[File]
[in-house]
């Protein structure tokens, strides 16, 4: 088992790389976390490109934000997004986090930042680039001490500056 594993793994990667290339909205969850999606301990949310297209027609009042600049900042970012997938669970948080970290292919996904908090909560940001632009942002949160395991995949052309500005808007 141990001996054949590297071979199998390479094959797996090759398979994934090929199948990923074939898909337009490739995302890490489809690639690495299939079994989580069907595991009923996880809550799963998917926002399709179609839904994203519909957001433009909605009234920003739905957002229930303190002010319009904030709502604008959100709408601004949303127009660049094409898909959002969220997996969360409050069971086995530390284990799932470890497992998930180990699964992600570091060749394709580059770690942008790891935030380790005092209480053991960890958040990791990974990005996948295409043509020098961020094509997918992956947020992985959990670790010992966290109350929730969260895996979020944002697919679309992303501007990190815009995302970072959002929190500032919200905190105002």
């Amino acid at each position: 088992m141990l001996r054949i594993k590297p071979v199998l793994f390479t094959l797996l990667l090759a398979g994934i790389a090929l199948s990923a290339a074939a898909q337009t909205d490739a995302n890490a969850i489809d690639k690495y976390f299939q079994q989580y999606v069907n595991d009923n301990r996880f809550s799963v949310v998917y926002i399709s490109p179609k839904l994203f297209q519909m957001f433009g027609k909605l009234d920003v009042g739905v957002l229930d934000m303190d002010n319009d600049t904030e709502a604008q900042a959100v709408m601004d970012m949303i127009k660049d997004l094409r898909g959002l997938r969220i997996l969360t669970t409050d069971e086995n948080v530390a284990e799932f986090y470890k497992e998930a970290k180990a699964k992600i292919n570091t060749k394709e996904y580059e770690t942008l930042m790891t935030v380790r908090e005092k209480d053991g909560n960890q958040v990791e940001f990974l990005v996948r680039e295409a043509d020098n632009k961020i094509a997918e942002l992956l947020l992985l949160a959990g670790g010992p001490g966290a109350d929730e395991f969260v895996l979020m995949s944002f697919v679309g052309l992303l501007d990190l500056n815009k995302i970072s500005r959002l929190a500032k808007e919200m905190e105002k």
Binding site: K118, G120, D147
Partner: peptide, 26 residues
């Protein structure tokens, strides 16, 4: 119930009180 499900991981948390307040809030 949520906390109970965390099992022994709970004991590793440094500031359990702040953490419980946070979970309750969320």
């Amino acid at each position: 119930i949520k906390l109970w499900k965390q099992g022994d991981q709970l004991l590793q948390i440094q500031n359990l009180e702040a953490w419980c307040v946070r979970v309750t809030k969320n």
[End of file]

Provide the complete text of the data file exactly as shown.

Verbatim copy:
[in-house]
């Protein structure tokens, strides 16, 4: 088992790389976390490109934000997004986090930042680039001490500056 594993793994990667290339909205969850999606301990949310297209027609009042600049900042970012997938669970948080970290292919996904908090909560940001632009942002949160395991995949052309500005808007 141990001996054949590297071979199998390479094959797996090759398979994934090929199948990923074939898909337009490739995302890490489809690639690495299939079994989580069907595991009923996880809550799963998917926002399709179609839904994203519909957001433009909605009234920003739905957002229930303190002010319009904030709502604008959100709408601004949303127009660049094409898909959002969220997996969360409050069971086995530390284990799932470890497992998930180990699964992600570091060749394709580059770690942008790891935030380790005092209480053991960890958040990791990974990005996948295409043509020098961020094509997918992956947020992985959990670790010992966290109350929730969260895996979020944002697919679309992303501007990190815009995302970072959002929190500032919200905190105002």
């Amino acid at each position: 088992m141990l001996r054949i594993k590297p071979v199998l793994f390479t094959l797996l990667l090759a398979g994934i790389a090929l199948s990923a290339a074939a898909q337009t909205d490739a995302n890490a969850i489809d690639k690495y976390f299939q079994q989580y999606v069907n595991d009923n301990r996880f809550s799963v949310v998917y926002i399709s490109p179609k839904l994203f297209q519909m957001f433009g027609k909605l009234d920003v009042g739905v957002l229930d934000m303190d002010n319009d600049t904030e709502a604008q900042a959100v709408m601004d970012m949303i127009k660049d997004l094409r898909g959002l997938r969220i997996l969360t669970t409050d069971e086995n948080v530390a284990e799932f986090y470890k497992e998930a970290k180990a699964k992600i292919n570091t060749k394709e996904y580059e770690t942008l930042m790891t935030v380790r908090e005092k209480d053991g909560n960890q958040v990791e940001f990974l990005v996948r680039e295409a043509d020098n632009k961020i094509a997918e942002l992956l947020l992985l949160a959990g670790g010992p001490g966290a109350d929730e395991f969260v895996l979020m995949s944002f697919v679309g052309l992303l501007d990190l500056n815009k995302i970072s500005r959002l929190a500032k808007e919200m905190e105002k």
Binding site: K118, G120, D147
Partner: peptide, 26 residues
């Protein structure tokens, strides 16, 4: 119930009180 499900991981948390307040809030 949520906390109970965390099992022994709970004991590793440094500031359990702040953490419980946070979970309750969320």
């Amino acid at each position: 119930i949520k906390l109970w499900k965390q099992g022994d991981q709970l004991l590793q948390i440094q500031n359990l009180e702040a953490w419980c307040v946070r979970v309750t809030k969320n």